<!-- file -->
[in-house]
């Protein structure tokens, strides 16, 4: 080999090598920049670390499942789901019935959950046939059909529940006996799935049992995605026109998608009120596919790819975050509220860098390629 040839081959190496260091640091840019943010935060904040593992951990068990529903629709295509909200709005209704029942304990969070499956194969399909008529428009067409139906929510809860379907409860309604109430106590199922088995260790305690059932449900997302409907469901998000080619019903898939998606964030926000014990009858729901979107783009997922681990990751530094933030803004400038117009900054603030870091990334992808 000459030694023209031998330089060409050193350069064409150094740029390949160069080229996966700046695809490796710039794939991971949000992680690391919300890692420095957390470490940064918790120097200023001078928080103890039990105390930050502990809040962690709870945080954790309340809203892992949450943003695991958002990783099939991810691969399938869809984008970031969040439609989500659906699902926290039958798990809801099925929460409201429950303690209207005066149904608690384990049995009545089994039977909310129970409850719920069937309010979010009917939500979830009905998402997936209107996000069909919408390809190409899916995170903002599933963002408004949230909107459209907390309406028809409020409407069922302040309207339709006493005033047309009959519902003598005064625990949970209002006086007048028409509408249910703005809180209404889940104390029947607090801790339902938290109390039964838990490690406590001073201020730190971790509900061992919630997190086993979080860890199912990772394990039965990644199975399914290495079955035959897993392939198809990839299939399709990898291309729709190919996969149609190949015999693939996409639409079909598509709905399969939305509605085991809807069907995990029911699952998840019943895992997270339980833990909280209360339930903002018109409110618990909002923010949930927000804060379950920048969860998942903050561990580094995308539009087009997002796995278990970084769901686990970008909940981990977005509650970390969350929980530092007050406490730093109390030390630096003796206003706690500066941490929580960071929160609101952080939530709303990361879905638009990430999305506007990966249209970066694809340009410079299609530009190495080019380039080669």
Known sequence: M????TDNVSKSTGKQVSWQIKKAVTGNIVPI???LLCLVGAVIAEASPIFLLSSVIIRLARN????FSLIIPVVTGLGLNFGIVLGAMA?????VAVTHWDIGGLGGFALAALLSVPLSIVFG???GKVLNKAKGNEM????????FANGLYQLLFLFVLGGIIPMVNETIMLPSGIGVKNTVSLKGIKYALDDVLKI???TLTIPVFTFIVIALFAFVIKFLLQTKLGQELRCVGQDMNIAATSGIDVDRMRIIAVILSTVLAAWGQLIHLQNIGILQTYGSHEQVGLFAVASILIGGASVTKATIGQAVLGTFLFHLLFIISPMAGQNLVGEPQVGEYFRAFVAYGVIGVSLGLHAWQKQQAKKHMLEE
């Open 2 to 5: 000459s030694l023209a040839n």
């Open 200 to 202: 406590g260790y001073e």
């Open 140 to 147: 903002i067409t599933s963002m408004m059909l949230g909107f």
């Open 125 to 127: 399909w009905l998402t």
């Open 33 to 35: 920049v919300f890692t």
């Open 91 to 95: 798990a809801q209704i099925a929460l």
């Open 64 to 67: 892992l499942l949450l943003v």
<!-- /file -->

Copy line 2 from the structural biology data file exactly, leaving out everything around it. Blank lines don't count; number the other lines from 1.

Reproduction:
């Protein structure tokens, strides 16, 4: 080999090598920049670390499942789901019935959950046939059909529940006996799935049992995605026109998608009120596919790819975050509220860098390629 040839081959190496260091640091840019943010935060904040593992951990068990529903629709295509909200709005209704029942304990969070499956194969399909008529428009067409139906929510809860379907409860309604109430106590199922088995260790305690059932449900997302409907469901998000080619019903898939998606964030926000014990009858729901979107783009997922681990990751530094933030803004400038117009900054603030870091990334992808 000459030694023209031998330089060409050193350069064409150094740029390949160069080229996966700046695809490796710039794939991971949000992680690391919300890692420095957390470490940064918790120097200023001078928080103890039990105390930050502990809040962690709870945080954790309340809203892992949450943003695991958002990783099939991810691969399938869809984008970031969040439609989500659906699902926290039958798990809801099925929460409201429950303690209207005066149904608690384990049995009545089994039977909310129970409850719920069937309010979010009917939500979830009905998402997936209107996000069909919408390809190409899916995170903002599933963002408004949230909107459209907390309406028809409020409407069922302040309207339709006493005033047309009959519902003598005064625990949970209002006086007048028409509408249910703005809180209404889940104390029947607090801790339902938290109390039964838990490690406590001073201020730190971790509900061992919630997190086993979080860890199912990772394990039965990644199975399914290495079955035959897993392939198809990839299939399709990898291309729709190919996969149609190949015999693939996409639409079909598509709905399969939305509605085991809807069907995990029911699952998840019943895992997270339980833990909280209360339930903002018109409110618990909002923010949930927000804060379950920048969860998942903050561990580094995308539009087009997002796995278990970084769901686990970008909940981990977005509650970390969350929980530092007050406490730093109390030390630096003796206003706690500066941490929580960071929160609101952080939530709303990361879905638009990430999305506007990966249209970066694809340009410079299609530009190495080019380039080669």